I played catch with a 10-year old boy today, and it felt like he was an alien being from another planet. Summer makes the playground get older: the big kids out of school come with their little sisters (my usual posse), or else, as with the baseball-playing boy today, visit their grandmas in The City for a few days.
“What’s your favorite baseball team?” he asked me, as I bungled and bobbled his perfectly good throw.
“I like the Toronto Lollipops!” I replied jovially.
I forgot, you see, that 10-year old boys know stuff, so my usual toddler goofy answers wouldn’t cut the proverbial mustard.
The problem, as you probably foresaw, is that I know diddly about sports: worse than nothing. Mike asked us to a baseball game a few weeks ago and I expressed surprise because I was certain that Chessboxing season hadn’t yet ended.
But this poor fifth grader had been trying to play catch with his grandma — who couldn’t really throw — and he was surrounded by a playground full of 5-year old girls. He needed a sports guy, if only for a few minutes.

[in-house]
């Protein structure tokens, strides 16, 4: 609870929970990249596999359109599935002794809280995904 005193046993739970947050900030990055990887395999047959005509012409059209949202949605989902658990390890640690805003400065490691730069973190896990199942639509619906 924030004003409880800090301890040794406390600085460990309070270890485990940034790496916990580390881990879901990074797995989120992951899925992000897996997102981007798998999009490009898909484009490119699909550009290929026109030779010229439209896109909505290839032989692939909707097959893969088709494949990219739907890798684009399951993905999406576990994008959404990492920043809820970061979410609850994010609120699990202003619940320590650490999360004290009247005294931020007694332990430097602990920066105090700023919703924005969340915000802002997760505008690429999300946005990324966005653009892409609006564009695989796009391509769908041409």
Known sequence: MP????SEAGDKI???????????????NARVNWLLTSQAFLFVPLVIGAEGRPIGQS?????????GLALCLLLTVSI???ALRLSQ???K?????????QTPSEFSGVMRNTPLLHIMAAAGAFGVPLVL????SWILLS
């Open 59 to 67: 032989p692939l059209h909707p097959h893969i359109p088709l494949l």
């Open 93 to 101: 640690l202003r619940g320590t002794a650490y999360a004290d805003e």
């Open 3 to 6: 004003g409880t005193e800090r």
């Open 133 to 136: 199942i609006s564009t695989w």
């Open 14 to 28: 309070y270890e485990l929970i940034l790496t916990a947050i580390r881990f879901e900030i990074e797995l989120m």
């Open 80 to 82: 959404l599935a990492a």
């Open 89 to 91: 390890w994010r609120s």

So I lied.
I told him all about my real favorite team (“the Giants,” although I couldn’t recall if they were from San Francisco or New York). I have high hopes that they’ll win the pennant, what with Casey at the bat and all. I explained how I’d spent some time in the Mudville Nine, watchin’ it from the bench, building it so they would come. I reminisced over those glory days on my high school team, when I could throw that speedball by you, make you look like a fool, boy.
Amazingly (and no doubt owing to my theater training) he seemed to buy my crap, or maybe he just wanted to be playing catch with someone not quite as idiotic as I looked. Suspension of disbelief is a glorious balm.
Oddly, I felt no compunction about my many-threaded lies, making myself out to be a high school baseball star. Maybe because the falsehoods fell under the category of “pretending” — like when I play with Boobaby’s imaginary friends — or else because I don’t expect I’ll ever see this boy again, I was unvisited by moral doubt.
Gullibility in kids has got to be one of their greatest charms.
Besides, now this kid has a story he can tell his whole life about the time he met a semi-pro Canadian first baseman for the Lollipops.